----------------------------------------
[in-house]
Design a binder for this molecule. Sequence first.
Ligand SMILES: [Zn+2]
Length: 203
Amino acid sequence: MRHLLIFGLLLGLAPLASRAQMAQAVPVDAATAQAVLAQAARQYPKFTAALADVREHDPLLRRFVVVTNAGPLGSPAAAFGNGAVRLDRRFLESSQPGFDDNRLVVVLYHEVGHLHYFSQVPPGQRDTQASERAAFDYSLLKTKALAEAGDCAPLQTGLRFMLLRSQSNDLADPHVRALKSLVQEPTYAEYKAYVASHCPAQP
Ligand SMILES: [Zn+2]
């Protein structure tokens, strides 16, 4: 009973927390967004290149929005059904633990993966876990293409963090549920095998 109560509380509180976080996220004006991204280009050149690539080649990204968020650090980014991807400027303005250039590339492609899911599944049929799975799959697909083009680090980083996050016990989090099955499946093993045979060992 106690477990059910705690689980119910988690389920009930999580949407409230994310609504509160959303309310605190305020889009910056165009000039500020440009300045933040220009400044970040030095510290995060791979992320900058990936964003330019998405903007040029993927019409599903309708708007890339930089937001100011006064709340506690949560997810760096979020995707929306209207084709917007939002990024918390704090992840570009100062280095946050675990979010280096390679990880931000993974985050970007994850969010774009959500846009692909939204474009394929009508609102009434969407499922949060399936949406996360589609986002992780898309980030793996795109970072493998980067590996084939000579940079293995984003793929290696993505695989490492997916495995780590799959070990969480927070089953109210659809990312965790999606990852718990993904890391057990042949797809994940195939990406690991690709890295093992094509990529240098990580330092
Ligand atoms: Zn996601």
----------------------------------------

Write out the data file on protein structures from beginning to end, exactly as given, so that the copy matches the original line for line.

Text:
[in-house]
Design a binder for this molecule. Sequence first.
Ligand SMILES: [Zn+2]
Length: 203
Amino acid sequence: MRHLLIFGLLLGLAPLASRAQMAQAVPVDAATAQAVLAQAARQYPKFTAALADVREHDPLLRRFVVVTNAGPLGSPAAAFGNGAVRLDRRFLESSQPGFDDNRLVVVLYHEVGHLHYFSQVPPGQRDTQASERAAFDYSLLKTKALAEAGDCAPLQTGLRFMLLRSQSNDLADPHVRALKSLVQEPTYAEYKAYVASHCPAQP
Ligand SMILES: [Zn+2]
């Protein structure tokens, strides 16, 4: 009973927390967004290149929005059904633990993966876990293409963090549920095998 109560509380509180976080996220004006991204280009050149690539080649990204968020650090980014991807400027303005250039590339492609899911599944049929799975799959697909083009680090980083996050016990989090099955499946093993045979060992 106690477990059910705690689980119910988690389920009930999580949407409230994310609504509160959303309310605190305020889009910056165009000039500020440009300045933040220009400044970040030095510290995060791979992320900058990936964003330019998405903007040029993927019409599903309708708007890339930089937001100011006064709340506690949560997810760096979020995707929306209207084709917007939002990024918390704090992840570009100062280095946050675990979010280096390679990880931000993974985050970007994850969010774009959500846009692909939204474009394929009508609102009434969407499922949060399936949406996360589609986002992780898309980030793996795109970072493998980067590996084939000579940079293995984003793929290696993505695989490492997916495995780590799959070990969480927070089953109210659809990312965790999606990852718990993904890391057990042949797809994940195939990406690991690709890295093992094509990529240098990580330092
Ligand atoms: Zn996601």